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In her second email, Beilock used more explicit phrases like "racism" and "white supremacy."

More than three weeks after the deadly weekend in Charlottesville, Virginia, President Sian Leah Beilock addressed the attacks for a second time in an email sent to the Barnard community on Tuesday.

The violent protests and deadly terror attack occurred during the weekend of Aug. 11 when white supremacists and counter protesters clashed at a white nationalist rally. In addition to the injury of 30 people, a white nationalist drove his car into a crowd of counterprotesters, killing one. Beilock, who began serving as Barnard’s eighth president on July 1, first responded in a joint email with Provost Linda Bell that was sent to students and faculty on Aug. 14.

The email described the events in Charlottesville as defying “reason or explanation,” but failed to condemn the acts as instances of “white supremacy.”

“Our functioning as a civil society depends on free expression and open debate,” Beilock and Bell said in the email. “We deplore the acts that cost three lives and many injuries, and we abhor the bigotry that fueled them.”

Following the email, a collection of student groups—including Divest Barnard for a Just Transition, Undocumented Student Initiative, Student-Worker Solidarity, Columbia University Apartheid Divest, CU/BC Branch of the International Socialist Organization, and No Red Tape—sent an open letter to Beilock criticizing the strength of her statement.

The letter—which also criticizes past moments in Beilock’s career at the University of Chicago and lists the issues they would like her to prioritize in the future—called the joint statement with Bell “troubling.”

“You fail to honestly name, address, and condemn the white supremacist ideology that led to the murder of one individual and the injuring of 19 others,” the open letter states. “You fail to explicitly defend the right of students of color to study and live free of all forms of racism. You fail to state what you will do, in the face of ongoing political crisis, to stand for racial justice.”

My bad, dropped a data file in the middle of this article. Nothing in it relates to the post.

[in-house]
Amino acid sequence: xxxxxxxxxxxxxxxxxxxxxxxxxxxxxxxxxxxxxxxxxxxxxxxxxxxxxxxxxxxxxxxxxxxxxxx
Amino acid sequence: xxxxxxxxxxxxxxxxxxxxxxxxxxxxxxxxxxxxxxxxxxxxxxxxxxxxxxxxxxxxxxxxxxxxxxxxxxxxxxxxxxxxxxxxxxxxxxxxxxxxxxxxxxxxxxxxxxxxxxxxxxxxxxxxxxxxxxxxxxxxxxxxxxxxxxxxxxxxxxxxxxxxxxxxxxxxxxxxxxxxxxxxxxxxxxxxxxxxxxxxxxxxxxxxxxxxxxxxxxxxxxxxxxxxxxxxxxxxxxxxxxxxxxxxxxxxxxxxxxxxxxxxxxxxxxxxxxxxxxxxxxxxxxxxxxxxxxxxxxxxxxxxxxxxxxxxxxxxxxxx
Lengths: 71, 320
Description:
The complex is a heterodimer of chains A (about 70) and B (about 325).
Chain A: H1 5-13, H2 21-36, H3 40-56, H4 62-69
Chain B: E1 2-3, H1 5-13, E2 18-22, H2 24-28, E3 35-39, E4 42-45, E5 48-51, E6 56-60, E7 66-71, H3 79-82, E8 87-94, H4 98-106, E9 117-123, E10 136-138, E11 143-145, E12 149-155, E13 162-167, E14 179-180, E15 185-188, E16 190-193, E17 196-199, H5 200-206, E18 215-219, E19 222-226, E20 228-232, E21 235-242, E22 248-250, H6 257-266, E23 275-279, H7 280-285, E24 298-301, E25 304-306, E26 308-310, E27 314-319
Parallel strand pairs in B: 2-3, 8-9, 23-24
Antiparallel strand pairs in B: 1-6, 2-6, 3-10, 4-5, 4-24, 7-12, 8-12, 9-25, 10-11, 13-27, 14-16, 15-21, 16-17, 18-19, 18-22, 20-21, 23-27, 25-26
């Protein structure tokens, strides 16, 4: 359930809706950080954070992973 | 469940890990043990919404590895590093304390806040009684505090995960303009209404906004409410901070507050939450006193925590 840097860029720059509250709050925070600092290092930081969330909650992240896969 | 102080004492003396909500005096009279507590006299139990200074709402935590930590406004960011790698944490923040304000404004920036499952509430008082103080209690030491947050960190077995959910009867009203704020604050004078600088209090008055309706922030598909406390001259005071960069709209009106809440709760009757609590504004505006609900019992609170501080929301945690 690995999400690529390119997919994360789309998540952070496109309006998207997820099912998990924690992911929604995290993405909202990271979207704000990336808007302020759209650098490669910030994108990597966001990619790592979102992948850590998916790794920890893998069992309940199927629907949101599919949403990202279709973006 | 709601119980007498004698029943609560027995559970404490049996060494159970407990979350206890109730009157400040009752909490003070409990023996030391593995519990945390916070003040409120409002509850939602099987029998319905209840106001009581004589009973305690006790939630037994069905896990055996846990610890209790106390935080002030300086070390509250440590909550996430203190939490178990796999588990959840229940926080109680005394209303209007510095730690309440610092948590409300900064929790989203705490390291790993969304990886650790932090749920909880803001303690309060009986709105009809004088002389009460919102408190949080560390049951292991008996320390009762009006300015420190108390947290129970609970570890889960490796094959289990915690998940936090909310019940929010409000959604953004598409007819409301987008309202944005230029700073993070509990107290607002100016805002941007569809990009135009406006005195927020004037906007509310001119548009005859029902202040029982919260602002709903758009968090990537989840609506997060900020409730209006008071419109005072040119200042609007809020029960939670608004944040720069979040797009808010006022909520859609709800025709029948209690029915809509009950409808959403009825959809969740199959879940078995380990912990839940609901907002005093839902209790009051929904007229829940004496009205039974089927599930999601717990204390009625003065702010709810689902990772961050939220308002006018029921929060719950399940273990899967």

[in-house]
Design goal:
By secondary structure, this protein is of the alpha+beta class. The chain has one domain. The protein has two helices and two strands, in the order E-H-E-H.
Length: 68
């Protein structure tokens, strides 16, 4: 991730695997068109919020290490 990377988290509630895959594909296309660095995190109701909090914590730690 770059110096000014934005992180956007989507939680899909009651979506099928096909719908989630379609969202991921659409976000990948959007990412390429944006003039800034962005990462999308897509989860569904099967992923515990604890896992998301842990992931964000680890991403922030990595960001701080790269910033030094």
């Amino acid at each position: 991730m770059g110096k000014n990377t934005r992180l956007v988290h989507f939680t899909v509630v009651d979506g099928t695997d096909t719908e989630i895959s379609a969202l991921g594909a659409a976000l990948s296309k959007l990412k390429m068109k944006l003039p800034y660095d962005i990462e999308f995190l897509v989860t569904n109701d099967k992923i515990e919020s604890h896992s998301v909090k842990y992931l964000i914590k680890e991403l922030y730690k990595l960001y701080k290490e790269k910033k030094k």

In her email to students, sent on Tuesday, Beilock responded to concerns related to the earlier joint statement, but did not directly address the criticism received.

“I want to take a moment to revisit the deeply disturbing recent events in Charlottesville that resulted in violence and death and left many in our community and across the nation fearful,” Beilock said in the email. “We must unequivocally reject white supremacy, racism, anti-Semitism and related violence, bigotry and intimidation.”

In the email, Beilock identifies the new Council on Diversity and Inclusion as a college-led effort to address issues of inclusion, diversity, and equity on campus.

Read the full text of Tuesday’s email below:

Dear Barnard Community —

I am pleased to welcome you back to campus for the start of the 2017-18 academic year. I hope you had an enjoyable and productive summer, and I look forward to starting off the fall semester together.